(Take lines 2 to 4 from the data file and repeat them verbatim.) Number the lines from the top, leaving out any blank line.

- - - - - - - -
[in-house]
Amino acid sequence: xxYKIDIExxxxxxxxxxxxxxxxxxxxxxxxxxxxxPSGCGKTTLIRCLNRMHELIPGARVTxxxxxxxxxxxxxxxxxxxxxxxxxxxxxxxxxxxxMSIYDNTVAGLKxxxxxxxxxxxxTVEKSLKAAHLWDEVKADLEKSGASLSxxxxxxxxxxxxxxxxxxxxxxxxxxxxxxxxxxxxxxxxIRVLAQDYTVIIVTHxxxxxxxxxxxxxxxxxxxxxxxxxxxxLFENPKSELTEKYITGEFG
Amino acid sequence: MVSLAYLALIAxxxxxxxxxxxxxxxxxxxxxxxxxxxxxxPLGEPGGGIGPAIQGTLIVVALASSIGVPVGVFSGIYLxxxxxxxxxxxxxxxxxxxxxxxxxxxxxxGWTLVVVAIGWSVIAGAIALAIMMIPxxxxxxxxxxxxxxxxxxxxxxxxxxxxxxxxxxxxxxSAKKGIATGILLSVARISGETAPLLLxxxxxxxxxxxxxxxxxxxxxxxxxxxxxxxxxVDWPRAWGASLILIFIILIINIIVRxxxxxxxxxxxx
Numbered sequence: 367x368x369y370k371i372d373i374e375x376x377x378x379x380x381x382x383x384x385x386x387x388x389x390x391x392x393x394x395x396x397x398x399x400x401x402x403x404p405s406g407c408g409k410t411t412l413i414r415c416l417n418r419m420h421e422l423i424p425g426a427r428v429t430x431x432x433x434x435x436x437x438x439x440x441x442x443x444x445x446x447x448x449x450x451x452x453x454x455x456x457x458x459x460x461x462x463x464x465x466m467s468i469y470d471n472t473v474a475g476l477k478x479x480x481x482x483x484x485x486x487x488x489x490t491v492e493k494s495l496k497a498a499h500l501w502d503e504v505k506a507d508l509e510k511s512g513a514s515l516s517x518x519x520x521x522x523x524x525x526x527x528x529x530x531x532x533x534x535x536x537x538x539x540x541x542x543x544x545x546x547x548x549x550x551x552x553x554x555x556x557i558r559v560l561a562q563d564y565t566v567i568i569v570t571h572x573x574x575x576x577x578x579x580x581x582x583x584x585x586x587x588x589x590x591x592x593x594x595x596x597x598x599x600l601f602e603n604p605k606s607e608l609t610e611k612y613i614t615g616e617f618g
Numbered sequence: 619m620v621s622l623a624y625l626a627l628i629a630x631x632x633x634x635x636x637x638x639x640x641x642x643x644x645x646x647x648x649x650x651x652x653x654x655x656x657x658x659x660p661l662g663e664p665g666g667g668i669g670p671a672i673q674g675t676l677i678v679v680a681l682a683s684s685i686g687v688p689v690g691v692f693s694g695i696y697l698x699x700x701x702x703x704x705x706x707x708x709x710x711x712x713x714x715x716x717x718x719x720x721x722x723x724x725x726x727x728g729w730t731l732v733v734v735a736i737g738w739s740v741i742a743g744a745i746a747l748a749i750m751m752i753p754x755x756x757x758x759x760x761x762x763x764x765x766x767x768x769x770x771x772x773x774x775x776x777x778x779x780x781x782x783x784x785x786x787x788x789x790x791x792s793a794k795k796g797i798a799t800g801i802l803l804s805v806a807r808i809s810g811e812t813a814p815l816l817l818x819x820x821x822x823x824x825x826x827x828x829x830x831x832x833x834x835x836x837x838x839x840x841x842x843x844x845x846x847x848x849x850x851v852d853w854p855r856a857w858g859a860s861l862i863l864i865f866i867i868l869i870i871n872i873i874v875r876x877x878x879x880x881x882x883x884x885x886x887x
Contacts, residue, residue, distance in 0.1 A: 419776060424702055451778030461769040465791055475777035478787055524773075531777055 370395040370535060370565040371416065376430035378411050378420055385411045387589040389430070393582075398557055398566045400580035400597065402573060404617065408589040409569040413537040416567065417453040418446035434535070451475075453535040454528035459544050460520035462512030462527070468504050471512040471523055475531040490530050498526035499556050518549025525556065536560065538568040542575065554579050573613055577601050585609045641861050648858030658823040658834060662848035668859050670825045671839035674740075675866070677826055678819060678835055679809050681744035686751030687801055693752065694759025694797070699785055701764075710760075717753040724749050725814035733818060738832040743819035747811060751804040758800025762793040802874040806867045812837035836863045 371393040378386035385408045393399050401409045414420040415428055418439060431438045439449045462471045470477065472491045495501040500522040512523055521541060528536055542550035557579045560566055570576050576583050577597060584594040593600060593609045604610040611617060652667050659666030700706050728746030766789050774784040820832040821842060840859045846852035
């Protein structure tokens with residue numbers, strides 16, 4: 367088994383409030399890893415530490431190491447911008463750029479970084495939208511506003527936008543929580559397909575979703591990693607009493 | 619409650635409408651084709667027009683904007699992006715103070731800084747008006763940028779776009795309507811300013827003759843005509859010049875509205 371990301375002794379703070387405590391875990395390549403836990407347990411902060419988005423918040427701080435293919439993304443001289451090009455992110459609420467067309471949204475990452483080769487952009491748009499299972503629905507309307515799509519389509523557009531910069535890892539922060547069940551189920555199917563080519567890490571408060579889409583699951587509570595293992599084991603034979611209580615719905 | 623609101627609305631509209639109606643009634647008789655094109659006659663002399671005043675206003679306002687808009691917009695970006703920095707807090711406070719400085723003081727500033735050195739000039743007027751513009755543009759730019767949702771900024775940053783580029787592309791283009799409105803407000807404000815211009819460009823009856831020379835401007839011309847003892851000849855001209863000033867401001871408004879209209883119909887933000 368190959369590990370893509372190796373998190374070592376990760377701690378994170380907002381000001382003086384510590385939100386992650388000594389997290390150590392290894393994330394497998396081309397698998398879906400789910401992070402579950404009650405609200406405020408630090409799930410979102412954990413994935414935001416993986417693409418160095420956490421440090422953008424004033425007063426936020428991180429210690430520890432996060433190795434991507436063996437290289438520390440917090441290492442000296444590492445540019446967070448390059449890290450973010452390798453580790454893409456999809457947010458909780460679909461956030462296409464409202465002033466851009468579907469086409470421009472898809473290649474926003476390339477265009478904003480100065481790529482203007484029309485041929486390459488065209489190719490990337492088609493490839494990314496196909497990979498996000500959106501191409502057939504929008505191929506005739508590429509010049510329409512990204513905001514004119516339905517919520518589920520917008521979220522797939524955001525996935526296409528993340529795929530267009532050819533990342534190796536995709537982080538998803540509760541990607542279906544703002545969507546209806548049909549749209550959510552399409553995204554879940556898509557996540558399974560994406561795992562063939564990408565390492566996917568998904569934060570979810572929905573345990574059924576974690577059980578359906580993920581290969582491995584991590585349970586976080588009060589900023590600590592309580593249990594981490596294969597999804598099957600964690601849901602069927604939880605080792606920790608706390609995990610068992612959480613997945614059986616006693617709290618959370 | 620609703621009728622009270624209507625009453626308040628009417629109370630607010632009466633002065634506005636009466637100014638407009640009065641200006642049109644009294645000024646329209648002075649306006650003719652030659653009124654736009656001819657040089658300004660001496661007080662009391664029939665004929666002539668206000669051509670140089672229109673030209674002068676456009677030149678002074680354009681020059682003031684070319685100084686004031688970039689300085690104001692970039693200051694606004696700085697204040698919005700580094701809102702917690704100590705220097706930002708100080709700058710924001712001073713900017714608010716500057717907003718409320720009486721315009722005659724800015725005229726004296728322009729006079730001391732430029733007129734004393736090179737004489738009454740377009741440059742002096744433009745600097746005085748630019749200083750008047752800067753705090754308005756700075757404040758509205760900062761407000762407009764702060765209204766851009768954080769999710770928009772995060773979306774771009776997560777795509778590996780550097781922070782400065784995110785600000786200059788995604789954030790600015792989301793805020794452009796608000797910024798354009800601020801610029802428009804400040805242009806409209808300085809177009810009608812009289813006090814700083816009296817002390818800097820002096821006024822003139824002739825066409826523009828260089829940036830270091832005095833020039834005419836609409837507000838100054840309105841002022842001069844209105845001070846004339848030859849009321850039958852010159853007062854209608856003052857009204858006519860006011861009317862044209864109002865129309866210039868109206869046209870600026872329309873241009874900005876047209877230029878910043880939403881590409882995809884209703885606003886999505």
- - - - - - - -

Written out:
Amino acid sequence: xxYKIDIExxxxxxxxxxxxxxxxxxxxxxxxxxxxxPSGCGKTTLIRCLNRMHELIPGARVTxxxxxxxxxxxxxxxxxxxxxxxxxxxxxxxxxxxxMSIYDNTVAGLKxxxxxxxxxxxxTVEKSLKAAHLWDEVKADLEKSGASLSxxxxxxxxxxxxxxxxxxxxxxxxxxxxxxxxxxxxxxxxIRVLAQDYTVIIVTHxxxxxxxxxxxxxxxxxxxxxxxxxxxxLFENPKSELTEKYITGEFG
Amino acid sequence: MVSLAYLALIAxxxxxxxxxxxxxxxxxxxxxxxxxxxxxxPLGEPGGGIGPAIQGTLIVVALASSIGVPVGVFSGIYLxxxxxxxxxxxxxxxxxxxxxxxxxxxxxxGWTLVVVAIGWSVIAGAIALAIMMIPxxxxxxxxxxxxxxxxxxxxxxxxxxxxxxxxxxxxxxSAKKGIATGILLSVARISGETAPLLLxxxxxxxxxxxxxxxxxxxxxxxxxxxxxxxxxVDWPRAWGASLILIFIILIINIIVRxxxxxxxxxxxx
Numbered sequence: 367x368x369y370k371i372d373i374e375x376x377x378x379x380x381x382x383x384x385x386x387x388x389x390x391x392x393x394x395x396x397x398x399x400x401x402x403x404p405s406g407c408g409k410t411t412l413i414r415c416l417n418r419m420h421e422l423i424p425g426a427r428v429t430x431x432x433x434x435x436x437x438x439x440x441x442x443x444x445x446x447x448x449x450x451x452x453x454x455x456x457x458x459x460x461x462x463x464x465x466m467s468i469y470d471n472t473v474a475g476l477k478x479x480x481x482x483x484x485x486x487x488x489x490t491v492e493k494s495l496k497a498a499h500l501w502d503e504v505k506a507d508l509e510k511s512g513a514s515l516s517x518x519x520x521x522x523x524x525x526x527x528x529x530x531x532x533x534x535x536x537x538x539x540x541x542x543x544x545x546x547x548x549x550x551x552x553x554x555x556x557i558r559v560l561a562q563d564y565t566v567i568i569v570t571h572x573x574x575x576x577x578x579x580x581x582x583x584x585x586x587x588x589x590x591x592x593x594x595x596x597x598x599x600l601f602e603n604p605k606s607e608l609t610e611k612y613i614t615g616e617f618g